Daniel Chastain is a Clinical Associate Professor at the University of Georgia College of Pharmacy on the Southwest Georgia Clinical Campus and serves as the Infectious Diseases Pharmacist for Phoebe Putney Memorial Hospital in Albany, Georgia. He received his PharmD from South University in Savannah, in 2012, and subsequently completed a PGY-1 at Tallahassee Memorial Healthcare and a PGY-2 in infectious diseases at the University of Mississippi Medical Center.  He is recognized as an HIV Pharmacist by the American Academy of HIV Medicine and is a board-certified infectious diseases pharmacist. His teaching, research, and patient care activities focus on infectious diseases pharmacotherapy with emphasis on invasive fungal infections, HIV, and vulnerable populations.

Henry Young
Henry N. Young, PhD, FAPhA received his Doctor of Philosophy degree in Pharmaceutical Sciences – Pharmacy Health Care Administration from the University of Florida and completed a postdoctoral fellowship at the University of California, Davis in the Center for Health Services Research in Primary Care. Dr. Young joined the University of Georgia College of Pharmacy faculty in July 2013. He is the Department Head and Kroger Professor in the Department of Clinical and Administrative Pharmacy. Dr. Young is a behavioral and social scientist with expertise in health services research. His research interests include studying medication use, health communication, and health outcomes, focusing specifically on minority and underserved populations. 

UGA Infrastructure Faculty

Guy Cormier
Dr. Guy Cormier is UGA’s Director of Research Computing, directing the Georgia Advanced Computing Resource Center since late 2012.  Dr. Cormier brings over 25 years of experience in the implementation and management of High Performance Computing, AI, data-intensive and scientific visualization environments.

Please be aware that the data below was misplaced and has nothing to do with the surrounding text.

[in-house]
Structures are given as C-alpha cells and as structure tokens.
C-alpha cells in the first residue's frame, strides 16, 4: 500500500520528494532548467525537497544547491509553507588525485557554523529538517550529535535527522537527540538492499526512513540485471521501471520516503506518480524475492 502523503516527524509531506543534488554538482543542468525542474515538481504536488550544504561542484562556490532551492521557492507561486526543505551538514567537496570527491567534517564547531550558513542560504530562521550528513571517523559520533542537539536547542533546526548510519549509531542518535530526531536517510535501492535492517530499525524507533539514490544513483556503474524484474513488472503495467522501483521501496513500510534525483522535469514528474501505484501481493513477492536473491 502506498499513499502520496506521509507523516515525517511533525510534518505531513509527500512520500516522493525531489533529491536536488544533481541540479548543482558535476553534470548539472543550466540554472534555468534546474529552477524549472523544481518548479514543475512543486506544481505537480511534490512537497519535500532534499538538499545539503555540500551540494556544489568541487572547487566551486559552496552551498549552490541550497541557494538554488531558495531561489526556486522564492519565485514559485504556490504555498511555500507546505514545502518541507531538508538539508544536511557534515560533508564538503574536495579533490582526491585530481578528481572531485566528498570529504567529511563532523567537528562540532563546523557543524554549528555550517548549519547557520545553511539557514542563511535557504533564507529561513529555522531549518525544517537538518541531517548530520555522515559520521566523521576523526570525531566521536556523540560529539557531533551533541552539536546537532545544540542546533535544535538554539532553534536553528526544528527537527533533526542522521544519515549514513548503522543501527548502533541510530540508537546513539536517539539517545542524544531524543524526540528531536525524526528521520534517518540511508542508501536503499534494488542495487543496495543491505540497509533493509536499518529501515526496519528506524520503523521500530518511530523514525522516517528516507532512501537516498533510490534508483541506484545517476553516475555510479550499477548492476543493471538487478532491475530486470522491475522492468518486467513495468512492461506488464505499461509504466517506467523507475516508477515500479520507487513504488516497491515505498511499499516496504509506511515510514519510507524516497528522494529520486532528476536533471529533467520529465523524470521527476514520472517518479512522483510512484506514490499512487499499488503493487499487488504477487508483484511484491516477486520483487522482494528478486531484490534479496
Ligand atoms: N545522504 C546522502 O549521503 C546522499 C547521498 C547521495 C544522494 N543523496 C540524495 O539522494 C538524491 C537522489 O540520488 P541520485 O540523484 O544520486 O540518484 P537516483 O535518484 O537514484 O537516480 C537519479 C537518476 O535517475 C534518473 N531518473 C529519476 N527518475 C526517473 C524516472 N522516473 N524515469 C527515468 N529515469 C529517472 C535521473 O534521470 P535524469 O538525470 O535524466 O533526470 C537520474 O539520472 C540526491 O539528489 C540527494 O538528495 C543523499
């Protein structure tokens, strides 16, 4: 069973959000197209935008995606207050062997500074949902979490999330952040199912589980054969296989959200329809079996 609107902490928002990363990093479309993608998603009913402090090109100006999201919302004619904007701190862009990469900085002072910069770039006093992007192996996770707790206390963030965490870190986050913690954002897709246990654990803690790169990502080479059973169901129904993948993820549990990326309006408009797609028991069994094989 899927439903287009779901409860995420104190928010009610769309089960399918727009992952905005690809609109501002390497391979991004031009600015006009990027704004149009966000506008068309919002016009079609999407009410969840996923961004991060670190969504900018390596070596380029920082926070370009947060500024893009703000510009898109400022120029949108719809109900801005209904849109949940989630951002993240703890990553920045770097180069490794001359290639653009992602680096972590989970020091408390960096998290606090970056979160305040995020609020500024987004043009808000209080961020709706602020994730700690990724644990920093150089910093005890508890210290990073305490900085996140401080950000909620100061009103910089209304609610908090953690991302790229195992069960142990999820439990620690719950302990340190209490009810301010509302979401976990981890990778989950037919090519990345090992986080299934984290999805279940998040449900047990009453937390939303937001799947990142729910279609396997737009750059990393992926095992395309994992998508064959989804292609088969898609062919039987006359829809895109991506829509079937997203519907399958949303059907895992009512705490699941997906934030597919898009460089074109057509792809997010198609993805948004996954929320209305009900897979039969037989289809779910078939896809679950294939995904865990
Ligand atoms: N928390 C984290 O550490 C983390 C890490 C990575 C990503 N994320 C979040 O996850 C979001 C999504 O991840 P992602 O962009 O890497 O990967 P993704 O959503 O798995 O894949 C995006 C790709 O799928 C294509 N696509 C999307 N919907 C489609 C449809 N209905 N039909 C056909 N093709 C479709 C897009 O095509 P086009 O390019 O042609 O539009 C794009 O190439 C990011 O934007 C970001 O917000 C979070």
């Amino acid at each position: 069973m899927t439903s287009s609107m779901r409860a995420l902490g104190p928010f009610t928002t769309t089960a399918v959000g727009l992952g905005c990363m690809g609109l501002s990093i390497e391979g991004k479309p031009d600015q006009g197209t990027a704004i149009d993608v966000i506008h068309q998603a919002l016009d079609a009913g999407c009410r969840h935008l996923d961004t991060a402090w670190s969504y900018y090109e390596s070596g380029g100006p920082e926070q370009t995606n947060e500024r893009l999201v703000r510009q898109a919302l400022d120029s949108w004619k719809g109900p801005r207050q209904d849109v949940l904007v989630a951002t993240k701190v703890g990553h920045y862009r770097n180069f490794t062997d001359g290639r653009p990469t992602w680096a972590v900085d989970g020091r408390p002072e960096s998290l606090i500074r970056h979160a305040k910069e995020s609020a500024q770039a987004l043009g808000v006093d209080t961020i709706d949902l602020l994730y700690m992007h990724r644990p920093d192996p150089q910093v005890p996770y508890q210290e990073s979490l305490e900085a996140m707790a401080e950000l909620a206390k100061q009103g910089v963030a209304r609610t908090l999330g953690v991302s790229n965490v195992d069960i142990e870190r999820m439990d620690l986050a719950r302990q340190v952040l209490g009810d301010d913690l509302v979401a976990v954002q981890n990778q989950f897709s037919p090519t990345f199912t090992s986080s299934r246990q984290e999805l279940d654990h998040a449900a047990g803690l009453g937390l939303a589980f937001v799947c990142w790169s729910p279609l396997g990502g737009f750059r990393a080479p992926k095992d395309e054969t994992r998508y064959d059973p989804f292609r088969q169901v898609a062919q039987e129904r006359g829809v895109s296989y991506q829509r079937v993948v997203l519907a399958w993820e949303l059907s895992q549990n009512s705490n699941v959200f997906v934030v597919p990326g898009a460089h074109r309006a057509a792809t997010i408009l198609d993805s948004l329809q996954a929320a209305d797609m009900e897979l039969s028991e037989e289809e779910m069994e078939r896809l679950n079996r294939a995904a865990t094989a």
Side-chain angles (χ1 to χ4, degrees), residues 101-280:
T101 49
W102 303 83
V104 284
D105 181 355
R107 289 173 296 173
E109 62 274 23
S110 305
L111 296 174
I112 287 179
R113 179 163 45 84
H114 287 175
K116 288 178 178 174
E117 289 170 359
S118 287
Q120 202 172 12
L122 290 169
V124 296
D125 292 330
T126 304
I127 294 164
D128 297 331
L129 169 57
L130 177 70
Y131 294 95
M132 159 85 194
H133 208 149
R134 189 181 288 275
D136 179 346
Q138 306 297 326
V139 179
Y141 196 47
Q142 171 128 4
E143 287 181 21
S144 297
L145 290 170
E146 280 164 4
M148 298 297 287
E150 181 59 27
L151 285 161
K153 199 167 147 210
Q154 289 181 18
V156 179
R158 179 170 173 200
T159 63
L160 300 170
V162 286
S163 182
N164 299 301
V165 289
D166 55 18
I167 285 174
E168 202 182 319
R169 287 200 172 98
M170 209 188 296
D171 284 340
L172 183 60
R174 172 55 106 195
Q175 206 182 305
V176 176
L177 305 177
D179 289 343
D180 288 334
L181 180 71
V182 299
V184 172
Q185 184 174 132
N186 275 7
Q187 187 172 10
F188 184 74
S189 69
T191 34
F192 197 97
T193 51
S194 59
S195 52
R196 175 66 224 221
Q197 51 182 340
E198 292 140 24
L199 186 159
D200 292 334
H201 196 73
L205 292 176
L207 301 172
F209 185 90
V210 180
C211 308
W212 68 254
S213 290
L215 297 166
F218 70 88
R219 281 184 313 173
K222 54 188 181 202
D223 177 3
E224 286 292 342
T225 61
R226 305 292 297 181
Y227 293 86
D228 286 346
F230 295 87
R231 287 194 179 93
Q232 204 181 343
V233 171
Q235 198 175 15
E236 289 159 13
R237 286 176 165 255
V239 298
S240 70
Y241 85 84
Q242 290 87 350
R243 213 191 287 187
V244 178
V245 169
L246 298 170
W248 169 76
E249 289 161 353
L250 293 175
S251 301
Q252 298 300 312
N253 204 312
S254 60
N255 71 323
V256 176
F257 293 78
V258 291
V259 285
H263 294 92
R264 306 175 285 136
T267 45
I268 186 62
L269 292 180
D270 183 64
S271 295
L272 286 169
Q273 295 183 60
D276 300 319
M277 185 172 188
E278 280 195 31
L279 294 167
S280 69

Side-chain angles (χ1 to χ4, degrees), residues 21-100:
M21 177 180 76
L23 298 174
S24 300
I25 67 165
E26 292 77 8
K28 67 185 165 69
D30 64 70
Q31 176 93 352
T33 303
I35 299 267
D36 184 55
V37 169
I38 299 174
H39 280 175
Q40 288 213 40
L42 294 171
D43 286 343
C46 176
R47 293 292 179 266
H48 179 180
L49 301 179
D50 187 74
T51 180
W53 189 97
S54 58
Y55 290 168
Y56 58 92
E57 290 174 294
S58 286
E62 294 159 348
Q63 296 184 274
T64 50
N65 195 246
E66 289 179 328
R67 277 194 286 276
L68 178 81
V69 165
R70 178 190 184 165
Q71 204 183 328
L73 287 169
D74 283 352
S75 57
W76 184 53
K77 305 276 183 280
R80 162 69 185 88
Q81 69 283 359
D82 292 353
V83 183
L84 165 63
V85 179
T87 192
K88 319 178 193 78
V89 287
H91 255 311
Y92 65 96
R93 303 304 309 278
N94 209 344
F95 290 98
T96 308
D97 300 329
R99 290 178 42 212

Dr. Cormier graduated in 1993 with a Ph.D. in Chemistry from Concordia University, Canada, with a focus in computational chemistry and laser spectroscopy. This was followed by a one-year post-doctoral position at the Chemistry Department of the Università di Padova, Italy, followed by three years as Research Associate at the Chemistry Department of the University of Cambridge, U.K. In late 1997 he joined the University of Puerto Rico System as the Founding Director of UPR’s High Performance Computing Facility, bringing HPC and scientific visualization resources to researchers of the three graduate research campuses of the UPR. From 2006 to 2009, he was the Chief Information Officer of the Virginia Bioinformatics Institute at Virginia Tech. He then joined the Department of Biological Sciences at VT as a Visiting Researcher providing HPC expertise in a number of large-scale collaborative research projects, leaving in 2012 to join UGA. 

Walter Lorenz
Bio coming soon.

Fred Maier
Dr. Maier is the Associate Director of UGA’s Institute for Artificial Intelligence, with a research focus in logic and artificial intelligence, particularly knowledge representation and nonclassical reasoning. Before earning a MS in artificial intelligence and a PhD in computer science, he studied philosophy at Tulane University in New Orleans.